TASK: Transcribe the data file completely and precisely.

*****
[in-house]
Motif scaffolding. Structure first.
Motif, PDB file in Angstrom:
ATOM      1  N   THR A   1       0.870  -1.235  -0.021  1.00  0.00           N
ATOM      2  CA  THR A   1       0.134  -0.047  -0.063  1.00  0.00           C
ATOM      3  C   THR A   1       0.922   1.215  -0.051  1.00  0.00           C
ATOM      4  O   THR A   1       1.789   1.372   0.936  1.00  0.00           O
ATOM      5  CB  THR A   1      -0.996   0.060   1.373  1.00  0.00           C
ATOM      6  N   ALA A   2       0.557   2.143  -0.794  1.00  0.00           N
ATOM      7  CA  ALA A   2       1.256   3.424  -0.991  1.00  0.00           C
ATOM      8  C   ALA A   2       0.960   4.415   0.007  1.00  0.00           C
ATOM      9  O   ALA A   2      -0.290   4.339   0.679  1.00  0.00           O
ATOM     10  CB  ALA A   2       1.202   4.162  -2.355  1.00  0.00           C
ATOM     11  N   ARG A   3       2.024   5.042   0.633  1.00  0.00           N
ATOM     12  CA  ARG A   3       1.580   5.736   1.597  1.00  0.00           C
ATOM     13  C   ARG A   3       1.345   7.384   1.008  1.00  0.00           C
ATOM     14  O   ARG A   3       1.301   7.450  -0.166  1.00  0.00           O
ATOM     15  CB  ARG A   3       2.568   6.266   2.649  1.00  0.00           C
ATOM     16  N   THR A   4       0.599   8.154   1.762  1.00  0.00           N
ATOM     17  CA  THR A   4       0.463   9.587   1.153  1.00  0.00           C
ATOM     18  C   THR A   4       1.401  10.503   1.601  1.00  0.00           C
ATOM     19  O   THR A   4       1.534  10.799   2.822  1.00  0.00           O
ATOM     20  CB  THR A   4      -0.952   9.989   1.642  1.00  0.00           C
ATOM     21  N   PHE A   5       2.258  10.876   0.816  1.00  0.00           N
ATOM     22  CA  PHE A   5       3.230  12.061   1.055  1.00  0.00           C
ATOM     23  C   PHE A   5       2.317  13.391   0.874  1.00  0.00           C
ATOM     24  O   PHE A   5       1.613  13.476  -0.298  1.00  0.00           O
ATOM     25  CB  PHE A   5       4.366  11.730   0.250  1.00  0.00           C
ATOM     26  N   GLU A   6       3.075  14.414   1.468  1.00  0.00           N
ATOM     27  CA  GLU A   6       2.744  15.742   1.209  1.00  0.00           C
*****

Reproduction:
[in-house]
Motif scaffolding. Structure first.
Motif, PDB file in Angstrom:
ATOM      1  N   THR A   1       0.870  -1.235  -0.021  1.00  0.00           N
ATOM      2  CA  THR A   1       0.134  -0.047  -0.063  1.00  0.00           C
ATOM      3  C   THR A   1       0.922   1.215  -0.051  1.00  0.00           C
ATOM      4  O   THR A   1       1.789   1.372   0.936  1.00  0.00           O
ATOM      5  CB  THR A   1      -0.996   0.060   1.373  1.00  0.00           C
ATOM      6  N   ALA A   2       0.557   2.143  -0.794  1.00  0.00           N
ATOM      7  CA  ALA A   2       1.256   3.424  -0.991  1.00  0.00           C
ATOM      8  C   ALA A   2       0.960   4.415   0.007  1.00  0.00           C
ATOM      9  O   ALA A   2      -0.290   4.339   0.679  1.00  0.00           O
ATOM     10  CB  ALA A   2       1.202   4.162  -2.355  1.00  0.00           C
ATOM     11  N   ARG A   3       2.024   5.042   0.633  1.00  0.00           N
ATOM     12  CA  ARG A   3       1.580   5.736   1.597  1.00  0.00           C
ATOM     13  C   ARG A   3       1.345   7.384   1.008  1.00  0.00           C
ATOM     14  O   ARG A   3       1.301   7.450  -0.166  1.00  0.00           O
ATOM     15  CB  ARG A   3       2.568   6.266   2.649  1.00  0.00           C
ATOM     16  N   THR A   4       0.599   8.154   1.762  1.00  0.00           N
ATOM     17  CA  THR A   4       0.463   9.587   1.153  1.00  0.00           C
ATOM     18  C   THR A   4       1.401  10.503   1.601  1.00  0.00           C
ATOM     19  O   THR A   4       1.534  10.799   2.822  1.00  0.00           O
ATOM     20  CB  THR A   4      -0.952   9.989   1.642  1.00  0.00           C
ATOM     21  N   PHE A   5       2.258  10.876   0.816  1.00  0.00           N
ATOM     22  CA  PHE A   5       3.230  12.061   1.055  1.00  0.00           C
ATOM     23  C   PHE A   5       2.317  13.391   0.874  1.00  0.00           C
ATOM     24  O   PHE A   5       1.613  13.476  -0.298  1.00  0.00           O
ATOM     25  CB  PHE A   5       4.366  11.730   0.250  1.00  0.00           C
ATOM     26  N   GLU A   6       3.075  14.414   1.468  1.00  0.00           N
ATOM     27  CA  GLU A   6       2.744  15.742   1.209  1.00  0.00           C